You can require an obviously troubled employee to get help — Business Management Daily: Free Reports on Human Resources, Employment Law, Office Management, Office Communication, Office Technology and Small Business Tax Business Management Daily

You can require an obviously troubled employee to get help

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If you have an employee who obviously needs psychiatric intervention, you can demand he get outside help—if you can show his behavior is job-related and may affect his ability to do his job or do it safely.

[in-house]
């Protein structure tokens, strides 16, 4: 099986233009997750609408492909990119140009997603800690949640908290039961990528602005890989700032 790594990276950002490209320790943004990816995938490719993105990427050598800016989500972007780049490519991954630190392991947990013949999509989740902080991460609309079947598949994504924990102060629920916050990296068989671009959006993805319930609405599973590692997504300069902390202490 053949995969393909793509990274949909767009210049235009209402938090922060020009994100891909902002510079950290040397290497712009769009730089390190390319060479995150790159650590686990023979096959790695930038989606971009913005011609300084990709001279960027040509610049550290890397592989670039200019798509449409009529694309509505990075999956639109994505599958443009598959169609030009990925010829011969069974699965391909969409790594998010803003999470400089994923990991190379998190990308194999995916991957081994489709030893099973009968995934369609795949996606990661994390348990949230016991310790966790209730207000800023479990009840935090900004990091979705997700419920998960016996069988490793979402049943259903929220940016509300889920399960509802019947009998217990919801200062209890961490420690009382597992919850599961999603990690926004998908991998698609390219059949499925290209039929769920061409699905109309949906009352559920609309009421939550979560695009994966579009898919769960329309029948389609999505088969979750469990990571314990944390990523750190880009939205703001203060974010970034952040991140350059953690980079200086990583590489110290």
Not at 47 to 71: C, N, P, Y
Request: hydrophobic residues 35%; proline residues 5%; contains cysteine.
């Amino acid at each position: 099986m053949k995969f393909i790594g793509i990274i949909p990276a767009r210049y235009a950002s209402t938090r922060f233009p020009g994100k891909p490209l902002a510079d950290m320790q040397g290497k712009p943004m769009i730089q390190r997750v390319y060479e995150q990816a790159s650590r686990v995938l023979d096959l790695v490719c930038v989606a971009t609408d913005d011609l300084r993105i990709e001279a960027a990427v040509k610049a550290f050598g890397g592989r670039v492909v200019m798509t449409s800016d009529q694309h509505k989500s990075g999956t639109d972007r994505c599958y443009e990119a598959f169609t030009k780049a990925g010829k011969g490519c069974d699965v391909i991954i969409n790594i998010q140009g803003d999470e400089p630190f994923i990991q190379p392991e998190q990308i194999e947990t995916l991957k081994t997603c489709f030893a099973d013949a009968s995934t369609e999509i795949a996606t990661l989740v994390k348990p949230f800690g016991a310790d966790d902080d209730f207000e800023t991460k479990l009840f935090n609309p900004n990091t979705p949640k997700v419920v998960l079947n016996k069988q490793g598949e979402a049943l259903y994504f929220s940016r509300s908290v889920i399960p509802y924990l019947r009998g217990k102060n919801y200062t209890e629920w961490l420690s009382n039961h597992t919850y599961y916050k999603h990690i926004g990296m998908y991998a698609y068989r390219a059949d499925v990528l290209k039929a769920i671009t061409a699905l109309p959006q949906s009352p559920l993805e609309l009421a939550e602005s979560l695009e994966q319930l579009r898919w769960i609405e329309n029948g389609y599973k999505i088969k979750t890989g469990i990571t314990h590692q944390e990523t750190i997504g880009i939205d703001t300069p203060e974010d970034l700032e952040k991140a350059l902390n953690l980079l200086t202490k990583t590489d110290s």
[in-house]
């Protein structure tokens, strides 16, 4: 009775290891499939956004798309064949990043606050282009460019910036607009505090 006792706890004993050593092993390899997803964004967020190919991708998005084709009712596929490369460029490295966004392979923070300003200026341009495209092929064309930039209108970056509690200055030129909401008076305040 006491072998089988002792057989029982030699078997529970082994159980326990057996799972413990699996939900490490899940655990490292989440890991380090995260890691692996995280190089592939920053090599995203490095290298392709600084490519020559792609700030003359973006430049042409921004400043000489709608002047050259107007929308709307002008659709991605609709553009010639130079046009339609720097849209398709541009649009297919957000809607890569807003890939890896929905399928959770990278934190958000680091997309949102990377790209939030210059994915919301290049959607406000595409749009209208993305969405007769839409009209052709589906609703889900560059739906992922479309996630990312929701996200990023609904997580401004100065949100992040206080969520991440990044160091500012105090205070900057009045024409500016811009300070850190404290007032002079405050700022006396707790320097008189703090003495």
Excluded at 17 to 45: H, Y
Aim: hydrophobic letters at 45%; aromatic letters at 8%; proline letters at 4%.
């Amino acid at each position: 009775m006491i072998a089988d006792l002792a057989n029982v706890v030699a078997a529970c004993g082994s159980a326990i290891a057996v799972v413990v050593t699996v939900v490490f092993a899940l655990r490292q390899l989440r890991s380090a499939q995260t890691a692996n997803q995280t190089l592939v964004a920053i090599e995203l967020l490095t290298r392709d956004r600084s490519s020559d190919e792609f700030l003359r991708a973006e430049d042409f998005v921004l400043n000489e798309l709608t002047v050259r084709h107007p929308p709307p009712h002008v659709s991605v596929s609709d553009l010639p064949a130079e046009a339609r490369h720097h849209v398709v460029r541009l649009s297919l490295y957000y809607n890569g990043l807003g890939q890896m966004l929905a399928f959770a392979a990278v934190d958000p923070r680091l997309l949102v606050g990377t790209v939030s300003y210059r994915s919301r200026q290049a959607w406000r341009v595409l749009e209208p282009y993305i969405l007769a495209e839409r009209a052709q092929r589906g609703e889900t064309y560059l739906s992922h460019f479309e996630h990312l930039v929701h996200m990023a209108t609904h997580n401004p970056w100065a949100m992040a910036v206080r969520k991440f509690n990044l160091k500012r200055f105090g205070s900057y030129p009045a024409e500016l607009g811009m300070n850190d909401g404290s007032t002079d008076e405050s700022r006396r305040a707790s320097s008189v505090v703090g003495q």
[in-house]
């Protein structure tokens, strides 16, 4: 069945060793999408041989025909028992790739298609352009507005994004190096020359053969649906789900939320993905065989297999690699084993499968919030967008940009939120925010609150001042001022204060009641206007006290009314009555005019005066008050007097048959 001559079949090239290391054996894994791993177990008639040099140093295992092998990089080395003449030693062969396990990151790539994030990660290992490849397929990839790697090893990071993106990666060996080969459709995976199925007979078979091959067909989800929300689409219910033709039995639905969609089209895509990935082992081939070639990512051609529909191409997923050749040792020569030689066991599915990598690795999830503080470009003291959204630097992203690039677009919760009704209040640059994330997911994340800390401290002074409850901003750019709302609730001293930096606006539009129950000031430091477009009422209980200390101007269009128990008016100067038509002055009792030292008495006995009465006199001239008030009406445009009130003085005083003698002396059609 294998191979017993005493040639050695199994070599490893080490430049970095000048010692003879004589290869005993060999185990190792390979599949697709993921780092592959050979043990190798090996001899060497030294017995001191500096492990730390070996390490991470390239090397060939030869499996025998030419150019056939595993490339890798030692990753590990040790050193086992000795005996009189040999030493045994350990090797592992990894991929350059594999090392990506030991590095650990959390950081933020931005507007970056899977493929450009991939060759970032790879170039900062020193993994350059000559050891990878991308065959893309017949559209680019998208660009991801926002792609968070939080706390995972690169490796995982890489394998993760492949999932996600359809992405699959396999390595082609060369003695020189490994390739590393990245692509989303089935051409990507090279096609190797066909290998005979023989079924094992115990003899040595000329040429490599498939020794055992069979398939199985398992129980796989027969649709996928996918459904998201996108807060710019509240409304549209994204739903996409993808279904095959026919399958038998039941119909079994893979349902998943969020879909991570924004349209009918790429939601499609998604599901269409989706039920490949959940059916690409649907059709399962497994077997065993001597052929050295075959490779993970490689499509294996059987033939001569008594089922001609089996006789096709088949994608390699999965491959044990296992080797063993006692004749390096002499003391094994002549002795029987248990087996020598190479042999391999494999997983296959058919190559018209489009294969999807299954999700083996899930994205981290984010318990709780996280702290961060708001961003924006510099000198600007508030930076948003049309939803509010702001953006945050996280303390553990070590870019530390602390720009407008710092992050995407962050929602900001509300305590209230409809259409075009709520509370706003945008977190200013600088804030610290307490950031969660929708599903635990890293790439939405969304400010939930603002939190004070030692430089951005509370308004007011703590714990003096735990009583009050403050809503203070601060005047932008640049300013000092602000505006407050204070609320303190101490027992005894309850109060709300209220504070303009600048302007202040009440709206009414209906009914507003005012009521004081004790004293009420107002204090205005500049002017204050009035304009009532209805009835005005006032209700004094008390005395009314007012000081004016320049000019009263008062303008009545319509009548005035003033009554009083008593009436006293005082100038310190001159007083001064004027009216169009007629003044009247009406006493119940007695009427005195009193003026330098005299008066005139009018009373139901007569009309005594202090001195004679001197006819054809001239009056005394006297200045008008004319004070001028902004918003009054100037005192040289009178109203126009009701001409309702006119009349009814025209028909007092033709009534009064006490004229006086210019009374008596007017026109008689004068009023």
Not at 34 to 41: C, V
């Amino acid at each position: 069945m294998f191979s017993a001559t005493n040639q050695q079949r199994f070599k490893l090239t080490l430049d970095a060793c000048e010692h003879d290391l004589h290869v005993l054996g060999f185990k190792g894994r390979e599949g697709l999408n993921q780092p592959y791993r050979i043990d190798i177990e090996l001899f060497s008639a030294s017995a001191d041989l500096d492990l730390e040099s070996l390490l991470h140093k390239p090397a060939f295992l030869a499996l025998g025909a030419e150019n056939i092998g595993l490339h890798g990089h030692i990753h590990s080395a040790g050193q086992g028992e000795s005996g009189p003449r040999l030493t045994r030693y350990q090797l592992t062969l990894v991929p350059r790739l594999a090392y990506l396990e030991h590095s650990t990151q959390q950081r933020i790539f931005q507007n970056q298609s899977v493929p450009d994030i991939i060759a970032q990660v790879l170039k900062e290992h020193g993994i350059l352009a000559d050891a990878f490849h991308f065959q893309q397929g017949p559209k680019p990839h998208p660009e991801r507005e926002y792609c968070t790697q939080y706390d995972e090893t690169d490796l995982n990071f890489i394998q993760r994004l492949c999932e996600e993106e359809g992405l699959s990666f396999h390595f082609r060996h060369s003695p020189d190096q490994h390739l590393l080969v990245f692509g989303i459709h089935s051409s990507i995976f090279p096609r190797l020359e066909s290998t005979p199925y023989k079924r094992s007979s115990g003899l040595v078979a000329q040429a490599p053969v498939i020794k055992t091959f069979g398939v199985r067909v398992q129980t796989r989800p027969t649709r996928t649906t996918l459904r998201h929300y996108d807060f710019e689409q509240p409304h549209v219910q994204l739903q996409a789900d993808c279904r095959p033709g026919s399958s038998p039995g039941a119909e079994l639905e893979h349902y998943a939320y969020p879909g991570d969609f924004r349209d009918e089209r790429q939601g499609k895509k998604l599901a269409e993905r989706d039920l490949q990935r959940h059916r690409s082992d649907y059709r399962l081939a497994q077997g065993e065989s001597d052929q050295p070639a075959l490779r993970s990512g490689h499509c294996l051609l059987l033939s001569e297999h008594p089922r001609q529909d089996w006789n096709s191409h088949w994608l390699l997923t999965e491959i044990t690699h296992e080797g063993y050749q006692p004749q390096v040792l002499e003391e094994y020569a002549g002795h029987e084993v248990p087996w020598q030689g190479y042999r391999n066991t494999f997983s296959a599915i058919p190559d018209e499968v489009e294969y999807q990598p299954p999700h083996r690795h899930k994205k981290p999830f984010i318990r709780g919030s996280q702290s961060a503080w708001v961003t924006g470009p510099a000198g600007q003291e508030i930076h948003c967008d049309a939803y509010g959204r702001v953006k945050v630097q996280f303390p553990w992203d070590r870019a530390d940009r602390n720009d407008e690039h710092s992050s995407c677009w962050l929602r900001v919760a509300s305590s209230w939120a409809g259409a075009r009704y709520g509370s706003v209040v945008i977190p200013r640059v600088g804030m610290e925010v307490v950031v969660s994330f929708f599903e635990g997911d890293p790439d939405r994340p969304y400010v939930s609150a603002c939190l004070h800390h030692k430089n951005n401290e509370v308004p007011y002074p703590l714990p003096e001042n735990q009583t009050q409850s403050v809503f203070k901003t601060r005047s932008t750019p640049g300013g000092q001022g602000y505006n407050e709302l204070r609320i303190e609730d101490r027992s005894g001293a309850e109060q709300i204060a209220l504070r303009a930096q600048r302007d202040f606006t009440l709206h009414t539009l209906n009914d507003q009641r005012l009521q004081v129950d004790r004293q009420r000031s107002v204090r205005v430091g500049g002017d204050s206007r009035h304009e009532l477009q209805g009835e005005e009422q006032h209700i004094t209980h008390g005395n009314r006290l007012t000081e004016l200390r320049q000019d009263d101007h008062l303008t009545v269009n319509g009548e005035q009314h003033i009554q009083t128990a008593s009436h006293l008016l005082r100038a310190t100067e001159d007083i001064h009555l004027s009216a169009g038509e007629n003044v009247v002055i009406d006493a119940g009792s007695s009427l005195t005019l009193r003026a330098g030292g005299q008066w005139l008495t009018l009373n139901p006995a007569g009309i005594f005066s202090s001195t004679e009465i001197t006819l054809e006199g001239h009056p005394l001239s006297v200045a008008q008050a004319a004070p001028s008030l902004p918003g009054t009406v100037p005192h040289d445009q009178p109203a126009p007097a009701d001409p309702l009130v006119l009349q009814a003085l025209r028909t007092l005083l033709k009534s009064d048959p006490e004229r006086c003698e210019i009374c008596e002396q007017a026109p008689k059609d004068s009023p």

Recent case: Otis Parham was placed on paid medical leave from his job at General Motors (GM). The company told him to get treatment for an apparent psychiatric problem after a company doctor concluded he was not taking medication for a form of paranoia.

GM referred Parham to the doctor because he was acting oddly at work, accusing a co-worker of putting a knife to his chest and others of posting anti-gay slurs. Apparently neither accusation was true.

Parham sued, alleging the company regarded him as disabled. The court tossed out the suit, concluding that GM had a legitimate business reason for the fitness exam. Plus, no one fired Parham. The company simply placed him on leave. (Parham v. General Motors Corporation, No. 1:06-CV-370, ND IN, 2008)

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